No.1 Chung Ying Street 中英街1號 (2018) Review

After spending a decade making films for the Chinese market with the likes of Road To Dawn <夜•明> (2007), 72 Martyrs <英雄喋血> (2011) and My Boyfriends <我的男男男男朋友> (2013), Derek Chiu (1996’s The Log <三個受傷的警察>, 2000’s Comeuppance <天有眼>) finally returned to his Hong Kong roots with his most ambitious and controversial movie to date in the politically-charged No.1 Chung Ying Street <中英街1號>.

Set against the backdrops of two separate events: the first half of the movie takes place during the 1967 anti-British riot and the rise of Chairman Mao-led Cultural Revolution. From here, the 1967 event focuses on three young protagonists from the border village Sha Tau Kok — Lai-Wah (Fish Liew), Chun-Man (Yau Hok-Sau) and Chi-Ho (Lo Chun-Yip) — who are all caught up in the midst of the political struggle alongside a mainland refugee Wingkuen (Chan Kin-Long).

(L-R) Fish Liew, Yau Hok-Sau, Yeung Sau-Churk and Lo Chun-Yip in “No.1 Chung Ying Street” (2018).

The second half of the movie jumps more than half a century later in 2019 during the post-2014 Umbrella Movement, with the three same actors again but appeared in different roles. Here, Fish Liew plays Sze-Wai, a young activist and ex-convict returning to Sha Tau Kok village. She soon discovers that her fellow villager, the elderly Wingkuen’s (this time played by Yeung Sau-Churk) home and farm has become the target for the Mainland developers to re-develop his land into a shopping mall. Wingkuen immediately staged a protest with the help of Sze-Wai alongside her two friends, Yee-Hong (Yau Hok-Sau) and Yat-Long (Lo Chun-Yip).

No.1 Chung Ying Street <中英街1號> was shot in black and white due to a very limited budget (around HK$3 million) but at the same time, it also turned out to be a blessing in disguise. Former Hong Kong Academy for Performing Arts graduate Lai Yat-Nam, who made his debut as a feature-length cinematographer, actually does a good job making full use of the monochrome visual aesthetic, giving the movie a sense of place and timelessness. His black and white cinematography even struck a right contrast between the mundane tone of the everyday setting and a stark visual representation that mirrors the Hong Kong city’s socio-political and civil unrest.

Derek Chiu, who also produced and co-wrote alongside poet and current cultural editor of Hong Kong Economic Times Tse Ngo-Sheung (making her feature-length debut as a scriptwriter), eschews the big picture surrounding the 1967 anti-British riot and the post-2014 Umbrella Movement events. Instead, they chose to zero in on how the six different principal characters’ (Fish Liew’s Lai-Wah/Sze-Wai, Yau Hok-Sau’s Chun-Man/Yee-Hong and Lo Chun-Yip’s Chi-Ho/Yat-Long) private lives, respective beliefs & motivations as well as their subsequent cause of actions that affected them personally during the tumultuous periods of the two aforementioned historical events.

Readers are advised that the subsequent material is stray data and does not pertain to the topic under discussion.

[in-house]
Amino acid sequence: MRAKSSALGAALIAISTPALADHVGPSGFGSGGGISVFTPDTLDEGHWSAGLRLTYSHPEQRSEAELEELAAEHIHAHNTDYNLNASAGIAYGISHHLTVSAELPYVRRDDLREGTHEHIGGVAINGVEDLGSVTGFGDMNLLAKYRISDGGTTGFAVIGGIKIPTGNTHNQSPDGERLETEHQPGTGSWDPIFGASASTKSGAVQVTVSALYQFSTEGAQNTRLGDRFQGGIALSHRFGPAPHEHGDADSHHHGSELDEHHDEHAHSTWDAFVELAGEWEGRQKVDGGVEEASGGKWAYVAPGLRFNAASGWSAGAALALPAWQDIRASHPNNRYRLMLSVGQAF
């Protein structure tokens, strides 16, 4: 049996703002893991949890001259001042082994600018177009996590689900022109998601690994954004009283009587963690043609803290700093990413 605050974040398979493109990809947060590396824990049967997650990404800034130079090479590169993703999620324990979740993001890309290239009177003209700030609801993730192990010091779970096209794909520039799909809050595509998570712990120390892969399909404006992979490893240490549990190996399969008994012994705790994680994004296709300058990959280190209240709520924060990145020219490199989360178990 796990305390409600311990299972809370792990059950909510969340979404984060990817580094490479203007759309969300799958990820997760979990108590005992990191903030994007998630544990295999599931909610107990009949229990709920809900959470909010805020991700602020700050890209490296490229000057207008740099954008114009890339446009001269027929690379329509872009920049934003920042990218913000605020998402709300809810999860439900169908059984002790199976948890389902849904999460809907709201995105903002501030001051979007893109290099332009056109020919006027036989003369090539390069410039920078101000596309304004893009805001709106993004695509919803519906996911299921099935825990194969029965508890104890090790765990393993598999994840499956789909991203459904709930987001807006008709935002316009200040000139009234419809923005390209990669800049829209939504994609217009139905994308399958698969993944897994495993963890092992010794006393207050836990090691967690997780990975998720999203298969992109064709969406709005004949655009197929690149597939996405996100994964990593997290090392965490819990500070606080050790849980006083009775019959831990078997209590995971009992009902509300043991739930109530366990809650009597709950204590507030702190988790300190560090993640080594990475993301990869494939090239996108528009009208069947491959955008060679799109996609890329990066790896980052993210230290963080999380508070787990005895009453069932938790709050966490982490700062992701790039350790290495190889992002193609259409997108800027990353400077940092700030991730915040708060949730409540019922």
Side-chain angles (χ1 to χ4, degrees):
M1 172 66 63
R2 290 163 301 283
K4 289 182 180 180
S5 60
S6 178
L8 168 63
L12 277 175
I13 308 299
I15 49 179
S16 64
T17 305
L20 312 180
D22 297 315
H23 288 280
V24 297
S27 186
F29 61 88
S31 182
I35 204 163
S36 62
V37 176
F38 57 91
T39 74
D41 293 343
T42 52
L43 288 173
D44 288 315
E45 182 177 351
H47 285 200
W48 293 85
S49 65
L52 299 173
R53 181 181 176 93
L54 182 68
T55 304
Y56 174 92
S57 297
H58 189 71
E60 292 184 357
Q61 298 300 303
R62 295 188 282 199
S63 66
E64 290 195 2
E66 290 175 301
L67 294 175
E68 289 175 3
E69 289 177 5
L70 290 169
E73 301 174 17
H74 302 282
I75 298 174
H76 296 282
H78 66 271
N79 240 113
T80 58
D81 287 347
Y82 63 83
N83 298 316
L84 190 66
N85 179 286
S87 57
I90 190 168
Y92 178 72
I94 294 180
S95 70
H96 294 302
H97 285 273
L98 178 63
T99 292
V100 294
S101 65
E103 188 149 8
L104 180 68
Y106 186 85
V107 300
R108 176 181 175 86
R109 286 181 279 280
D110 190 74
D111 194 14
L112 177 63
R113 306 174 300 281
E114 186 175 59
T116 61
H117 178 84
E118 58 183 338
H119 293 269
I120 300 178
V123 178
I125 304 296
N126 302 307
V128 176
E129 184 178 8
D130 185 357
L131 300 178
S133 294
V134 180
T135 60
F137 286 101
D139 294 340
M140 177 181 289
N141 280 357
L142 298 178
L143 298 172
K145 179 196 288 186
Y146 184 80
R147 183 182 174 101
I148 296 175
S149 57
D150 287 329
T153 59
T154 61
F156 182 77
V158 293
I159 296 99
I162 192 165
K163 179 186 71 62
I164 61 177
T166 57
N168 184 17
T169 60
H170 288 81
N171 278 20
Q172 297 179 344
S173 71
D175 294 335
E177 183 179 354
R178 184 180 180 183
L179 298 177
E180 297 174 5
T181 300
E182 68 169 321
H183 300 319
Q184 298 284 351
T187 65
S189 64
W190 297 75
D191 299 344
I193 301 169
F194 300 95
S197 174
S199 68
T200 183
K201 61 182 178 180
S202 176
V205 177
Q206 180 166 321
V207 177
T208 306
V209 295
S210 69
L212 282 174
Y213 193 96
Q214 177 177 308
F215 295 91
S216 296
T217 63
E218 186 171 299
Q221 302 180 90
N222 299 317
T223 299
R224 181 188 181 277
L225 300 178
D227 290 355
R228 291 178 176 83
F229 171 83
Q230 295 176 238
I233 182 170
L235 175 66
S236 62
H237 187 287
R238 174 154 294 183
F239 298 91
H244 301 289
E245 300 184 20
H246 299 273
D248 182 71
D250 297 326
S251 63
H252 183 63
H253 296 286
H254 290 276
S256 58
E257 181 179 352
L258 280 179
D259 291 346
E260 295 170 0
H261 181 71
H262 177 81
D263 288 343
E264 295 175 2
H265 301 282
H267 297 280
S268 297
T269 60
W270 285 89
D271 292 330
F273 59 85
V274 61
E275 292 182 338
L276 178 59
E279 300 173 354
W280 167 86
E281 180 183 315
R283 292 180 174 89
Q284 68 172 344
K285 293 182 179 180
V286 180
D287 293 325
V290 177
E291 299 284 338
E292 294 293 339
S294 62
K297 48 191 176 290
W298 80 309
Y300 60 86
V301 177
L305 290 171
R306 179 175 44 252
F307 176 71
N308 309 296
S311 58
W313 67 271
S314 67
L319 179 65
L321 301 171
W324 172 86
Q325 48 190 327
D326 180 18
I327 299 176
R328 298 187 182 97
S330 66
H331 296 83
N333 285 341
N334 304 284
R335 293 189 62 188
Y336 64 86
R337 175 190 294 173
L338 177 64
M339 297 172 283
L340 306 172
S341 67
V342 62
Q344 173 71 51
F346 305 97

A protest scene from “No.1 Chung Ying Street” (2018).

The 1967 segment during the first half of the movie is particularly tense and heartfelt. But the same cannot be said with the latter 2019 segment, which is strangely muted by Chiu’s more melodramatic approach and an equally dull romance angle that could have trimmed down altogether.

No.1 Chung Ying Street <中英街1號> may have been spotty in places but this low-budget movie remains one of Derek Chiu’s best directorial efforts in recent years. Given his bold filmmaking choice for choosing sensitive political subjects, don’t be surprised if his movie becomes the centre of the attention for next year’s Hong Kong Film Awards similar to 2015’s like-minded Ten Years <十年>. Chiu is also benefited from a strong young cast led by Malaysian-born Fish Liew, Yau Hok-Sau and Lo Chun-Yip. And besides Lai Yat-Nam’s solid black-and-white cinematography, The Interzone Collective also deserved a special mention here for their percussion-heavy score that evokes the affecting tone and subject matter of the movie.


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